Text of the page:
2. Light a candle at Sunrise and let it burn all the way down (if you can!) to encourage the Sun’s rebirth and let the God know that you are cheering Him on!
  3. Feasting! Use fruits and vegetables of the season, and ones that have been (or historically would have been) to create some of your favorite dishes. Decorate the table with flowers and colors of Yule.
  4. The night before, burn a Yule log in your fireplace, or make one out of a log and some candles. The Yule log is burned for to light the home or space and push out the darkness. It is a form of sympathetic magick, bringing hope and joy for the coming dawn. A Yule log is traditionally cut from an oak tree, but in modern times I find it acceptable to use the tools you have on hand. If you will be burning your log in the fireplace, decorate it with colored ribbons and evergreens. Be sure to check that what you decorate the log with is ok to burn, because we don’t want the Yule log to turn into a Yule house fire! If you will be decorating a log with candles, there is a little more preparation that must be done. Be sure that the log is flat enough to stand without wobbling. You can do this by picking a log that is flatter or using a saw to flatten a log you have. We don’t want the log tipping over with lit candles in it. Next, choose the candles you want to place in your log. Traditionally, there were three candles: one for the God, one for the Goddess, and one for the representation of the Newborn Sun. The colors of the candles will depend on the specific correspondences and tradition you follow, or colors that you specifically associate with each element. Most often, the candles are white, black, and yellow/red. Once you have your candles, you will need to create holes in the log big enough to allow your candles to stand firmly in place. Do this in any way you find acceptable, but typically the holes are created by cutting into the log. Set the candles in the log and decorate with ribbons and evergreens. Make sure that your decorations will not get too close to the flame and create a fire hazard!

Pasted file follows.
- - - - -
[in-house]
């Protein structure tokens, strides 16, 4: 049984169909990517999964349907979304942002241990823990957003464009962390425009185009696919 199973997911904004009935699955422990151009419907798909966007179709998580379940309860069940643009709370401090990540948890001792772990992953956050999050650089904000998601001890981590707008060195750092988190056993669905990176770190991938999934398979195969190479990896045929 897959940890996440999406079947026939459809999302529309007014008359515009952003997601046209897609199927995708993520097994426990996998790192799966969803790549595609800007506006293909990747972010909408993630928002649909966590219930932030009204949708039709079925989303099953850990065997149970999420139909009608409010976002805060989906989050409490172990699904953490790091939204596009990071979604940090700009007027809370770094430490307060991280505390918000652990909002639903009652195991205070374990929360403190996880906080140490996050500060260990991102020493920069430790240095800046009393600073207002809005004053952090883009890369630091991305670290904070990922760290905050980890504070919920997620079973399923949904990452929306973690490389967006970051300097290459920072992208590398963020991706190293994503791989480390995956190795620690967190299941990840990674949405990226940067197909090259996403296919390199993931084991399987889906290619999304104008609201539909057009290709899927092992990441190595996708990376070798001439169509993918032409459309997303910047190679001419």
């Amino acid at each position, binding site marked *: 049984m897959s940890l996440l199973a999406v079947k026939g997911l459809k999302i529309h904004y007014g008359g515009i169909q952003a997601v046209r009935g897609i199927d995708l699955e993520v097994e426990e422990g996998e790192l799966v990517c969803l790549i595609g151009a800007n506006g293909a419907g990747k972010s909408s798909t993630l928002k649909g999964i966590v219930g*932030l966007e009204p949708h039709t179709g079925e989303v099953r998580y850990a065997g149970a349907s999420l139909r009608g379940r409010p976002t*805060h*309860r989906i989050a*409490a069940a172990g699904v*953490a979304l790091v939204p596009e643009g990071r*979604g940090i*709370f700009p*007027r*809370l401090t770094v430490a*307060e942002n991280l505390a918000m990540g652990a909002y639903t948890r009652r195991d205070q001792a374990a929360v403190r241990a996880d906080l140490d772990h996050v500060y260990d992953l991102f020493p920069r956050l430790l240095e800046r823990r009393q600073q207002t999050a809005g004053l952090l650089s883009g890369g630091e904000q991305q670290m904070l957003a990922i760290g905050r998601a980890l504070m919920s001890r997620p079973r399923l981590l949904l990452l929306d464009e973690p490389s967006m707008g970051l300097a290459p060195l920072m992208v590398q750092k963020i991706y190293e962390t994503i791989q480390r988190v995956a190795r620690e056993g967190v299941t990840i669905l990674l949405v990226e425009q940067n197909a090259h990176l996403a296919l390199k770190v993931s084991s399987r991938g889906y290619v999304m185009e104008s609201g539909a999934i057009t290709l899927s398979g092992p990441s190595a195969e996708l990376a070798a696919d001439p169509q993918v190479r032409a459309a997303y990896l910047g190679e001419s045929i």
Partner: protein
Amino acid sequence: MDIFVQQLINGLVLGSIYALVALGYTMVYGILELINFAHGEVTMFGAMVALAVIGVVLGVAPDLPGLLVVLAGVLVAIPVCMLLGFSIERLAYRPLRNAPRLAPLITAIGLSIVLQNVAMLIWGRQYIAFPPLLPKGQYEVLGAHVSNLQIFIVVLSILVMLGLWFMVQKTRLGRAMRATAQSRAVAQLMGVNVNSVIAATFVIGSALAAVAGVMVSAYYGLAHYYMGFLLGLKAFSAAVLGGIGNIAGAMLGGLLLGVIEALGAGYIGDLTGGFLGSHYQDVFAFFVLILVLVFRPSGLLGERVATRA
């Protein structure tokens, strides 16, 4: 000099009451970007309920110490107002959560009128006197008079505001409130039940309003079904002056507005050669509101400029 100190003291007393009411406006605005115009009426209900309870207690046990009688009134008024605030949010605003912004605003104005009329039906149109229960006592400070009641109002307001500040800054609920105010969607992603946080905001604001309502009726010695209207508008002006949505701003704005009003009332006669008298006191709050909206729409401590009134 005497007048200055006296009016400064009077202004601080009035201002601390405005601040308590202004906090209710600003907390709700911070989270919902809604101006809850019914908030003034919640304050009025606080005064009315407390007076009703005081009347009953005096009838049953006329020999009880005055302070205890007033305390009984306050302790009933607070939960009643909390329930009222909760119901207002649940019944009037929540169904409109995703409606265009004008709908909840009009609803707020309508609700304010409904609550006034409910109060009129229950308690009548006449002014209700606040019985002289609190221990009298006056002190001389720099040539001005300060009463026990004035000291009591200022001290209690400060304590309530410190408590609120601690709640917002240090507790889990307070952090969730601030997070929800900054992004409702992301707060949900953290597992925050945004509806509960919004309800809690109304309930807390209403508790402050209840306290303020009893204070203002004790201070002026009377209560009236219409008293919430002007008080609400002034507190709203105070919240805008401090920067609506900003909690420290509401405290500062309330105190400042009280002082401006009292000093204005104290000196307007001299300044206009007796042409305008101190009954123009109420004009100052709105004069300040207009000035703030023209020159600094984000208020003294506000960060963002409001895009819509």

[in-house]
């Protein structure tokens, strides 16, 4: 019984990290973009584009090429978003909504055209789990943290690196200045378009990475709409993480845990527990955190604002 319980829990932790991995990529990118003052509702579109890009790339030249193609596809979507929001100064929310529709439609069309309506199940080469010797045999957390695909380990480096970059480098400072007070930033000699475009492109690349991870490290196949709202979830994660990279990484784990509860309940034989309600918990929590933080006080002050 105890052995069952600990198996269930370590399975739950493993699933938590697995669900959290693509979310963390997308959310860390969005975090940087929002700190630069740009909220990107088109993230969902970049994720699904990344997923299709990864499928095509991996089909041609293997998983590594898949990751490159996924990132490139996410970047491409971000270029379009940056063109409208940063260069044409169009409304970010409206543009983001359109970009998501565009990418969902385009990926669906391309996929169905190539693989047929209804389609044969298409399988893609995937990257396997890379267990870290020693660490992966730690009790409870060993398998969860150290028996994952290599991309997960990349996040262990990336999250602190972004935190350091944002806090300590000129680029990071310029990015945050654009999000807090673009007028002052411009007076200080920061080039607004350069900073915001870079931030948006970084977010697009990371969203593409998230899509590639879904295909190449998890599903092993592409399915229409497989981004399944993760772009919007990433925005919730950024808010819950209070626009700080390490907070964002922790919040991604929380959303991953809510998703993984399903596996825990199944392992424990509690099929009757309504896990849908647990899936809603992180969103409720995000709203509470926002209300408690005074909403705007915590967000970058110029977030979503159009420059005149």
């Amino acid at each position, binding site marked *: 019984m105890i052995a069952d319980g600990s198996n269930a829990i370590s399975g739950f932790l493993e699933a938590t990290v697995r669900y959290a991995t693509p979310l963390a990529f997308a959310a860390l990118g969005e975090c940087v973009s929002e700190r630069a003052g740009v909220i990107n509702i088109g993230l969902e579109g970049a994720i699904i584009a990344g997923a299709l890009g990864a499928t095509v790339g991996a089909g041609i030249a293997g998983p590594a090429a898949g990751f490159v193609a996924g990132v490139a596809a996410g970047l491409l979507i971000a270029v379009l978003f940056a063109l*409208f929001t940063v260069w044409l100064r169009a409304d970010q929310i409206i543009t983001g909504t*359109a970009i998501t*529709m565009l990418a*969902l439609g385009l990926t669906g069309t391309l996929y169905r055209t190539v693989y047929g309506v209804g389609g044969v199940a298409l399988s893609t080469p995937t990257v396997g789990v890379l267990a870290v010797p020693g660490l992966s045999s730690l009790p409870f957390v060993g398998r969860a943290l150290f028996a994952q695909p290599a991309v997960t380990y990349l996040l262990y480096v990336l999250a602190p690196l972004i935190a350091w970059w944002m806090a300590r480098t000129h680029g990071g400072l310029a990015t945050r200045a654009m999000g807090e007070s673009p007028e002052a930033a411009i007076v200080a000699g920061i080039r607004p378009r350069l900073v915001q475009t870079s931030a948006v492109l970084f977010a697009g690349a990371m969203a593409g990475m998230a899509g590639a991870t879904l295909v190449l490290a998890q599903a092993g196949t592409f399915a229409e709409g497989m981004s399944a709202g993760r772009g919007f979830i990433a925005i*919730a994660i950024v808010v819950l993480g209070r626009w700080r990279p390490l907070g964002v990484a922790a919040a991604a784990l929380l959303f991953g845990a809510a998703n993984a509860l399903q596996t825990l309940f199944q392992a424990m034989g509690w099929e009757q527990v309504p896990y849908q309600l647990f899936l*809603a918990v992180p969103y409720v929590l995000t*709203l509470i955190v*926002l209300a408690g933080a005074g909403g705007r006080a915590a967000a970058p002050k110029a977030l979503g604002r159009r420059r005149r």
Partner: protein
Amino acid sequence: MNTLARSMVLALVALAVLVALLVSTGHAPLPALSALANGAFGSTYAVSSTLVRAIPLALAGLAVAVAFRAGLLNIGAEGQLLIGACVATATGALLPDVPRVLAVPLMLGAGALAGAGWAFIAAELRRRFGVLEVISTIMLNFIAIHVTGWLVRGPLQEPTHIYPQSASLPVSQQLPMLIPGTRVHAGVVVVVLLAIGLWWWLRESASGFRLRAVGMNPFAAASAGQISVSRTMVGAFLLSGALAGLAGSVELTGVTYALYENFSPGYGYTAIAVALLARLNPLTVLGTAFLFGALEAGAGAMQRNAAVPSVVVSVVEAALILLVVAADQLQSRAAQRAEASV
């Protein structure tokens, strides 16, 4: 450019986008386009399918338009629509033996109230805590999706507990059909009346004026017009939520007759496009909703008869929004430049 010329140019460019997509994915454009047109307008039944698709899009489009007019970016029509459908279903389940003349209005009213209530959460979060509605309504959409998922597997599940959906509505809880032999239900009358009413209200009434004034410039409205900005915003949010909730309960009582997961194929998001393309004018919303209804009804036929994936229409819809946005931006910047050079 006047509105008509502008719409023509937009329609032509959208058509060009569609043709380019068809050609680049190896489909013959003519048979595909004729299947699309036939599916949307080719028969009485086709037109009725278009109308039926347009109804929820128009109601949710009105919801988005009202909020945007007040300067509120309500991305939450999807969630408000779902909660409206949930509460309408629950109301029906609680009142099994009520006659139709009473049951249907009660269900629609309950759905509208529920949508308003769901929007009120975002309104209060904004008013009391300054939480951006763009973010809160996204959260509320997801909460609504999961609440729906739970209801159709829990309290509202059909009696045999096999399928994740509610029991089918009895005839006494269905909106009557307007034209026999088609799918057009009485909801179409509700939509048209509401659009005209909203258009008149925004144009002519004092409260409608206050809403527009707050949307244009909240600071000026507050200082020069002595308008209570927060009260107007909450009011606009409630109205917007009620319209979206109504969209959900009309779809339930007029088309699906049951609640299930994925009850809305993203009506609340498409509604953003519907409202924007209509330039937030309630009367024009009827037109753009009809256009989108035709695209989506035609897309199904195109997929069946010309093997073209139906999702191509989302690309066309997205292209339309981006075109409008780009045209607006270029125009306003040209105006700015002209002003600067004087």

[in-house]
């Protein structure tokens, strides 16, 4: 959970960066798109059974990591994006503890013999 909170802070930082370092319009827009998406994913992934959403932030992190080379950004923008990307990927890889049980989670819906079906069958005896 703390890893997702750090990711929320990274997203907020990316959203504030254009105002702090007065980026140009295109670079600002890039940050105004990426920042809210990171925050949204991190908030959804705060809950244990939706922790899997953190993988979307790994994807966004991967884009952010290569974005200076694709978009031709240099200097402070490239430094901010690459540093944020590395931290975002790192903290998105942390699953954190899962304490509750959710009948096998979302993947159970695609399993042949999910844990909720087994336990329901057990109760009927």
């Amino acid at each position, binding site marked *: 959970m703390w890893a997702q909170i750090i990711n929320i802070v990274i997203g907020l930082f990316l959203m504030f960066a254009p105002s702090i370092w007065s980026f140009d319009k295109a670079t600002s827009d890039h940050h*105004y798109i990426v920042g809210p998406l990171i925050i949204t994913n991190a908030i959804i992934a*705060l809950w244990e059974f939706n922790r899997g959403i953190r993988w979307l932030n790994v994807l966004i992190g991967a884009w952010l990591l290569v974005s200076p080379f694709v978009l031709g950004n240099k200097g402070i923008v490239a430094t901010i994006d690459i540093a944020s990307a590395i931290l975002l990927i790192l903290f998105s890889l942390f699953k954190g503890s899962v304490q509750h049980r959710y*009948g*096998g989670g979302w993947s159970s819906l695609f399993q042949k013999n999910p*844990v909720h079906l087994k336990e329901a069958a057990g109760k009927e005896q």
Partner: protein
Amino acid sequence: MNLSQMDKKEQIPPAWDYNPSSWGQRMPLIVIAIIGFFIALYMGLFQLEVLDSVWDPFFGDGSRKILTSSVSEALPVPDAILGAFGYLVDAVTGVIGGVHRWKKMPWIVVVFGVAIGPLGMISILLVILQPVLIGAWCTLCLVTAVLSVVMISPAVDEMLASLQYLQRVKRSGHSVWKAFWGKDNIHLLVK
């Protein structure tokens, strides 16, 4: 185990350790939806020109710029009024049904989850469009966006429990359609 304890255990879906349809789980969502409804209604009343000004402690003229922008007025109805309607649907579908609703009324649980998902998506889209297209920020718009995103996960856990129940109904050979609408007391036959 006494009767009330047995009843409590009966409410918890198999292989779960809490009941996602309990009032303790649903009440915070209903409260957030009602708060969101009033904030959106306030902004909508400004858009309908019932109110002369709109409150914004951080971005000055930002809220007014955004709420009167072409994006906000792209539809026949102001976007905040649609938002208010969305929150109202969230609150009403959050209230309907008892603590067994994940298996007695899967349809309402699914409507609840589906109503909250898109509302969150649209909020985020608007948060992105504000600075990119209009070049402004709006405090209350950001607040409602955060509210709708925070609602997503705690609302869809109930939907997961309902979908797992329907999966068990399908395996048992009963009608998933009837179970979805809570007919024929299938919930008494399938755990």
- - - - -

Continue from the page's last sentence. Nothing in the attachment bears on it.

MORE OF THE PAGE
Once you have your log created, get ready to burn it or light the candles. You can say a prayer to the God and Goddess before doing so, and I have written one here as an example. Feel free to use it for your Yule log lighting, but I always recommend writing your own.

“Great God, Father of Earth and lover of the Goddess,
I (we) welcome you into our homes this night to stave away
The darkness of Winter. Rise at dawn and hail upon the Earth
So that I (we) may have prosperity and health in the coming year!

Great Goddess, Mother of Earth and lover of the God,
I (we) welcome you into our homes this night to stave away
The darkness of Winter. Rise at dawn and hail upon the Earth
So that I (we) may have abundance and fertility in the coming year!”

Once your Yule log is lit and your prayers have been said, you may hold a feast (or dinner if you want) and ask the God and Goddess to join in the festivities. Typically, gifts are also exchanged, and thanks are given to the God and Goddess for the gifts They have given you in the year that has passed.